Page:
Titus 3.10 and αιρετικον ανθρωπον

Roger Pearse (whose blog you really should be reading) has some questions on how αιρετικον ανθρωπον should be translated in Titus 3.10.

He lists a number of English translations (plus the Vulgate) and has some other discussion; but the meat of his question is:

The most natural English usage would appear to be ‘heretic’ or ‘heretical man’.  Why don’t we say so?  How would we translate this in a patristic text? The Vulgate does not hesitate to say “haereticum hominem” – “heretic man”.

A heretic is not necessarily a “divisive person”, after all.  The Greek word, surely, will relate more to the variety of belief in the philosophical schools (haereses) than to modern ecumenism, or indeed even to 4th and 5th century doctrinal debates?

It’s been awhile since I’ve worked through the text of Titus, but I consulted my notes on this word instance from a few years back; here’s what I wrote:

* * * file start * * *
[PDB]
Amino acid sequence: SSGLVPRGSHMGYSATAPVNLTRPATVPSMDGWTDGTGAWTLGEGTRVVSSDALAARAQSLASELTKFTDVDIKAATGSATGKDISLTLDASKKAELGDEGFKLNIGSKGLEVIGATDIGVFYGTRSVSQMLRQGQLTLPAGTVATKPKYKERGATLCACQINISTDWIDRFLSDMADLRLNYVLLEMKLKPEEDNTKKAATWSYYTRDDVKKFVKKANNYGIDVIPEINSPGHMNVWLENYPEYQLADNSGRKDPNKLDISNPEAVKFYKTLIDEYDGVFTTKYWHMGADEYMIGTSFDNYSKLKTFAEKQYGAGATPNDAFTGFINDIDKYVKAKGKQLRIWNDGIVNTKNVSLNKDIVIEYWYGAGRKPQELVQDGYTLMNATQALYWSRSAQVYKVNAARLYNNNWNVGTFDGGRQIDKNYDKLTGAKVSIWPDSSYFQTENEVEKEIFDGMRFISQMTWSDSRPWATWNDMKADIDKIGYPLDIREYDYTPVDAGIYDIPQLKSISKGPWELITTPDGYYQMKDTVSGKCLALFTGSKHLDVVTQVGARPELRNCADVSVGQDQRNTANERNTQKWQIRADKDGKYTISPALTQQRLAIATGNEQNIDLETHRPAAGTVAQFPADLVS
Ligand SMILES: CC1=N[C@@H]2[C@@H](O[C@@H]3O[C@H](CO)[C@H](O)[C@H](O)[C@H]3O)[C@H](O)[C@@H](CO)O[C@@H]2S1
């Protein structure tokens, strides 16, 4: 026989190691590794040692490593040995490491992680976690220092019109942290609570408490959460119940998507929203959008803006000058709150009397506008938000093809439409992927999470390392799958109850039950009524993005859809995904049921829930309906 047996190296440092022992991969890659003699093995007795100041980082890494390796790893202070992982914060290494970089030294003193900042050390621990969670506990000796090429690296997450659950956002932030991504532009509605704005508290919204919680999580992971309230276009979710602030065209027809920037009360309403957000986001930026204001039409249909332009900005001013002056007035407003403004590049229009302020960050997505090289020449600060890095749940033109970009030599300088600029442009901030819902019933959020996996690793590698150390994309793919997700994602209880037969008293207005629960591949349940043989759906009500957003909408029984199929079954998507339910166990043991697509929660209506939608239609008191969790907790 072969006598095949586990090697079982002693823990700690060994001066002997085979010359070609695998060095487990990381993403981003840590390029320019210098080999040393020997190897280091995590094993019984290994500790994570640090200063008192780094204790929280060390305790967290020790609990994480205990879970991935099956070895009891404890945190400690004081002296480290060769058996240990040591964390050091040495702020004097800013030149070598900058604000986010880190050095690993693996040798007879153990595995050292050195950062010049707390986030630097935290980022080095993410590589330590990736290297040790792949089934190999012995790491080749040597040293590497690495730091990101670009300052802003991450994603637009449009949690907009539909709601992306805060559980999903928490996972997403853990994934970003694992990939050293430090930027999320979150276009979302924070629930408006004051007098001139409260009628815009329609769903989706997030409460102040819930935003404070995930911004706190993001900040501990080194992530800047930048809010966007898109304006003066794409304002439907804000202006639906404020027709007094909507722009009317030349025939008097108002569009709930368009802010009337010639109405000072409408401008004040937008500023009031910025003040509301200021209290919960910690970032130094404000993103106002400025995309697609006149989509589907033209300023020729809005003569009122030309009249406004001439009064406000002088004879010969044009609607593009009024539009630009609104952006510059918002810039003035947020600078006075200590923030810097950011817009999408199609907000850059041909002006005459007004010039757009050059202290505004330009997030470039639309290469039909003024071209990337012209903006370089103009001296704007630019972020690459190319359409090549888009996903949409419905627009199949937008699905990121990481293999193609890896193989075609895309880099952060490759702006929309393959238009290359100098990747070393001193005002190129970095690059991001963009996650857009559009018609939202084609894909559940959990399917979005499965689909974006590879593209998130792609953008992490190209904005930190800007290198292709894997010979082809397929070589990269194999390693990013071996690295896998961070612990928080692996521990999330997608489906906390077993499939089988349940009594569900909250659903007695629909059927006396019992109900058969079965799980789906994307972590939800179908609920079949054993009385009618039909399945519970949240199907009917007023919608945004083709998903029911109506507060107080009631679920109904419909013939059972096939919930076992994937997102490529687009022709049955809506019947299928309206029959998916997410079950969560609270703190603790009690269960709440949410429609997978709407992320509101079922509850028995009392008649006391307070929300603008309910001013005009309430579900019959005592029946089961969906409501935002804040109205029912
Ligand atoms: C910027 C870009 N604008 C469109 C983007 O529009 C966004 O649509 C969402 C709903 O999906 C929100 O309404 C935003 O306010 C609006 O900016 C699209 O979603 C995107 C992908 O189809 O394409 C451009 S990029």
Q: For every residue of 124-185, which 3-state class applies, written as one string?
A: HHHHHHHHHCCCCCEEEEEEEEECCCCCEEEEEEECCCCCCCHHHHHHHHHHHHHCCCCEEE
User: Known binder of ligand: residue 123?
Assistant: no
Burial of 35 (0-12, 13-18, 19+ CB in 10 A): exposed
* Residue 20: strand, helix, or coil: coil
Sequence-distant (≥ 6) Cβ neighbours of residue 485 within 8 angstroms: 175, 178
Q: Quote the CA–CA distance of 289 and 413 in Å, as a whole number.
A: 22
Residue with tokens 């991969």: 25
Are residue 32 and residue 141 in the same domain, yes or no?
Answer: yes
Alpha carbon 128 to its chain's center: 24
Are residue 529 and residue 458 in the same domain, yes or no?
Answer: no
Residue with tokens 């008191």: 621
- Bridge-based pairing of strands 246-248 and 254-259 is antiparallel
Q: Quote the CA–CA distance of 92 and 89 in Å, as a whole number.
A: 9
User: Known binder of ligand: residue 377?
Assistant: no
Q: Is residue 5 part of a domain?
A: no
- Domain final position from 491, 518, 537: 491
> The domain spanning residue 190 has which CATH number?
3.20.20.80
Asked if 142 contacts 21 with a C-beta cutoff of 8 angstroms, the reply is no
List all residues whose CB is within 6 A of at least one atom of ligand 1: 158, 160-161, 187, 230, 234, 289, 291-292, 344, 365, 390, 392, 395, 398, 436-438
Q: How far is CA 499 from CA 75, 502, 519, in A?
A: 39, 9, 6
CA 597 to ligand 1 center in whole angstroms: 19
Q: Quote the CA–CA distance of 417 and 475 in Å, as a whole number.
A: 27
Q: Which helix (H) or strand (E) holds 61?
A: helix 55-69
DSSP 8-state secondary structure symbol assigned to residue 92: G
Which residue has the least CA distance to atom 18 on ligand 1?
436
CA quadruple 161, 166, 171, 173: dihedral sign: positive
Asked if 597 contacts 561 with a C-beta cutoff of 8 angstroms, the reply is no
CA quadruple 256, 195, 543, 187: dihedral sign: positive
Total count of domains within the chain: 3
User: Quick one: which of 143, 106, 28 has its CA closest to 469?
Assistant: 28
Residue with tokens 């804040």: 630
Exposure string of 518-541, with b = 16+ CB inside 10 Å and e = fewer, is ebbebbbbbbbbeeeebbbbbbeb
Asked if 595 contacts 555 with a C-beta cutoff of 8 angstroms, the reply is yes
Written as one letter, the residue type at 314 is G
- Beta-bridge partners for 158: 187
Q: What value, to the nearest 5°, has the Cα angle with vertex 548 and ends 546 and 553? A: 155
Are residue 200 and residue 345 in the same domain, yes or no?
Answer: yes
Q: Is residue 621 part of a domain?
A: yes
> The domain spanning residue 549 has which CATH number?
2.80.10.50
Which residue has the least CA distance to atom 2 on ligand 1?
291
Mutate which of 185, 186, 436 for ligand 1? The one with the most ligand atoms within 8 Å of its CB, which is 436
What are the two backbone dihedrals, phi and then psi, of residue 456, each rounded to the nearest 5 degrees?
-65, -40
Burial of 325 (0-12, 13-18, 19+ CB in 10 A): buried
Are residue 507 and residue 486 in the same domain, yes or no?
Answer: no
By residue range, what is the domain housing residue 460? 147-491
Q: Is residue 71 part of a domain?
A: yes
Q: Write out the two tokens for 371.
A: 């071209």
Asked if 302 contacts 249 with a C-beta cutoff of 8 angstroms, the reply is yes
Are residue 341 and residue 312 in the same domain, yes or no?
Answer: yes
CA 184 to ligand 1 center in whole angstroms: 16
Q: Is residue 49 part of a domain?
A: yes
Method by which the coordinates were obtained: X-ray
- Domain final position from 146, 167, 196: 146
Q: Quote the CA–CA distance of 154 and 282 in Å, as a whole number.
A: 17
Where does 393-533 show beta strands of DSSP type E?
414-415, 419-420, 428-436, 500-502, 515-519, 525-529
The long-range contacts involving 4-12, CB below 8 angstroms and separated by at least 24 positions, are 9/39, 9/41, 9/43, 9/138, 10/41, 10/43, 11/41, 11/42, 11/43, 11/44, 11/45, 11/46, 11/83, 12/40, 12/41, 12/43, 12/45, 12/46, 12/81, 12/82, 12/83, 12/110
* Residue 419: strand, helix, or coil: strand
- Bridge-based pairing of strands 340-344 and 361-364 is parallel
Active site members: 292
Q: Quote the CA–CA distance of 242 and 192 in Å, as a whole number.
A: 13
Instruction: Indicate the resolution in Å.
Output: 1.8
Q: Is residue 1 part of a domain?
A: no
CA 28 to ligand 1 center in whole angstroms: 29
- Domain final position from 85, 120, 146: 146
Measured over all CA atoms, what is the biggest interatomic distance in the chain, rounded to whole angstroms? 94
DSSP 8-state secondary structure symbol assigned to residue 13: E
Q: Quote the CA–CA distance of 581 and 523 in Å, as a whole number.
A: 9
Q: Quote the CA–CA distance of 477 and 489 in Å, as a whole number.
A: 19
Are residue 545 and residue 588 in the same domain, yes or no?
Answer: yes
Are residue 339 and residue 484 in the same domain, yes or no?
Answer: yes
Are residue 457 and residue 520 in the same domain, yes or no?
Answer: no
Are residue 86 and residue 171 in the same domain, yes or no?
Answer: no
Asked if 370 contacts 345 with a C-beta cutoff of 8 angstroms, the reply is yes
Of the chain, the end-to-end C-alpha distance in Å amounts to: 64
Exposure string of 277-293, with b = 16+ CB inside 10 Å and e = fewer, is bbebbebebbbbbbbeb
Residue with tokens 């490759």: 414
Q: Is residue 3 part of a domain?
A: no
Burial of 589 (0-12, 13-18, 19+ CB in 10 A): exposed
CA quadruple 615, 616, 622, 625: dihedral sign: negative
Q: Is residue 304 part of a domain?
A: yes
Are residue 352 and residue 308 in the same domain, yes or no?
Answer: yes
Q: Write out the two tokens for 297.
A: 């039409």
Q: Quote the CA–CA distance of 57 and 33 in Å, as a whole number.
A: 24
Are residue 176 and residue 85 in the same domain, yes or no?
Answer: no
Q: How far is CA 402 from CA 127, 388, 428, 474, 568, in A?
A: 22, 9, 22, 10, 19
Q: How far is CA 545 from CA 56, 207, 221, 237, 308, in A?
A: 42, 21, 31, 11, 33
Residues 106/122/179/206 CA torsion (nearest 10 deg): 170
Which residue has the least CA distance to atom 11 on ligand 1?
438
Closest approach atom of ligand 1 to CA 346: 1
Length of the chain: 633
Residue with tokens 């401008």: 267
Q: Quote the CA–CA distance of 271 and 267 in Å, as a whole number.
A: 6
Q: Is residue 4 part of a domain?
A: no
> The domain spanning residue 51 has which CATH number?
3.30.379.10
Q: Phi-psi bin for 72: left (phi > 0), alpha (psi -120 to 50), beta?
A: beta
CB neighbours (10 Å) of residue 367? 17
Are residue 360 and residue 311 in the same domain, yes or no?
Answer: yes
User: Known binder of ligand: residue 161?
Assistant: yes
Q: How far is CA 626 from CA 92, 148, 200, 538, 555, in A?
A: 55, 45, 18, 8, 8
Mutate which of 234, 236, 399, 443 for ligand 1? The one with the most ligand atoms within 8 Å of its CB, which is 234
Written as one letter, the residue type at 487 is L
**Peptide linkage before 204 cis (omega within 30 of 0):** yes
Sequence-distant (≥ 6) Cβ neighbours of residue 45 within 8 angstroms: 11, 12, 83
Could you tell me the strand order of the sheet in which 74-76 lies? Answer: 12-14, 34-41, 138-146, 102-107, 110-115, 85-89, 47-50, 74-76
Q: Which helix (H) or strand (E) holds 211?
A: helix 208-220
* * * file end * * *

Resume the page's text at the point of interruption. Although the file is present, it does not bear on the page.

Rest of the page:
While the typical literal translation of αἱρετικός (hairetikos) seems to be factious, this word is somewhat difficult in that it is not a common word, and its meaning is not readily at hand for many readers. Thus I’ve translated as division-causing instead of the other seeming option, heretical. This is one who not only believes contrary to the sound teaching of Paul, but causes problems in the community by advancing his own heretical agenda (hence factious or division-causing).

Anyone else have ideas? If so, feel free to comment here or (better) head to Roger’s blog and interact there.

The manuscript . . .

The manuscript for my commentary, Reading Paul’s Letters to Individuals: A Literary and Theological Commentary on the Letters to Philemon, Titus, and Timothy, is officially in the mail to Smyth and Helwys.

S&H expects the commentary to be available in October, just in time for SBL. Maybe I’ll need to go to Boston after all.

This is the commentary that Glenn Hinson was supposed to write, then Marty Soards. Both ended up not filling the contract. Then Hulitt Gloer wrote a manuscript, but was not able to finish it for health reasons.

So in January–you may recall–the editor of the series, Charles Talbert (who was my doctorfather at Baylor) asked if I could finish Gloer’s manuscript.  And I’ve spent the last few months doing so.